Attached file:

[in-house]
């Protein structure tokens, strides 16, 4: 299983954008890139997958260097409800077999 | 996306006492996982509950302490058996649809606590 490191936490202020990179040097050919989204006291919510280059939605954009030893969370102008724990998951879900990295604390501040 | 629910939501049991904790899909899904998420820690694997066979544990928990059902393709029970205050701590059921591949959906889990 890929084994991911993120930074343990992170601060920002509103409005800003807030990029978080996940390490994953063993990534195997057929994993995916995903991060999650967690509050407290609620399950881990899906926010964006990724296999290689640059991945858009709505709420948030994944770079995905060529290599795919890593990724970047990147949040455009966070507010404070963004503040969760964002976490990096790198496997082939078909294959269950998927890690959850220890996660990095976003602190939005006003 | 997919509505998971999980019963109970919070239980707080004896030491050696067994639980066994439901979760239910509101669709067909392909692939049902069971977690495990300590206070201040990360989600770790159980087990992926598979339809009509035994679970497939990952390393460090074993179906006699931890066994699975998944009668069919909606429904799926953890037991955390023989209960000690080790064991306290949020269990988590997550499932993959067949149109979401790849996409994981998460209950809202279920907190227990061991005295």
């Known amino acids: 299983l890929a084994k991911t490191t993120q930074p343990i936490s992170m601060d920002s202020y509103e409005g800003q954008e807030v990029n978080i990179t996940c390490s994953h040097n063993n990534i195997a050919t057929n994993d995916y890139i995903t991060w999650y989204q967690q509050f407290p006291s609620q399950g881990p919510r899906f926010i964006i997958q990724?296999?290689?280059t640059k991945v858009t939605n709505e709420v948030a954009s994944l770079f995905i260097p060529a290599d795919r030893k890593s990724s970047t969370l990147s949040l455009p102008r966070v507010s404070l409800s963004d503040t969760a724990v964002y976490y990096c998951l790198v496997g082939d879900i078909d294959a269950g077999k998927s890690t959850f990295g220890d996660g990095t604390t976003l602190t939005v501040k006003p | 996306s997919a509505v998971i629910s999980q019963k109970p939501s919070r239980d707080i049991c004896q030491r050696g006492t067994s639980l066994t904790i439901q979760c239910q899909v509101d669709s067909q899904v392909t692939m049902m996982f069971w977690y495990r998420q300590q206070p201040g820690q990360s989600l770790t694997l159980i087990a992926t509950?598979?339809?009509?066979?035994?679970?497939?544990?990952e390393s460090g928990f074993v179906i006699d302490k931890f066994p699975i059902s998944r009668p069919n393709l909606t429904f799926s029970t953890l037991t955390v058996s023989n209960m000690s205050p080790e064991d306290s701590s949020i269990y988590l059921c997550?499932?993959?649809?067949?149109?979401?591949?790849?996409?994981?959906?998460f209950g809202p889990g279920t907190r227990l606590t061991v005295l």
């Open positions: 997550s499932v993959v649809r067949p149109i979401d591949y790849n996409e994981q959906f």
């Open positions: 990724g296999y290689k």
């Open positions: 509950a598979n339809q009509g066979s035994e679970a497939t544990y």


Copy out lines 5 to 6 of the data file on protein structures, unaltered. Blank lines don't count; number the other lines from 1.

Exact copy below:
């Open positions: 990724g296999y290689k």
């Open positions: 509950a598979n339809q009509g066979s035994e679970a497939t544990y």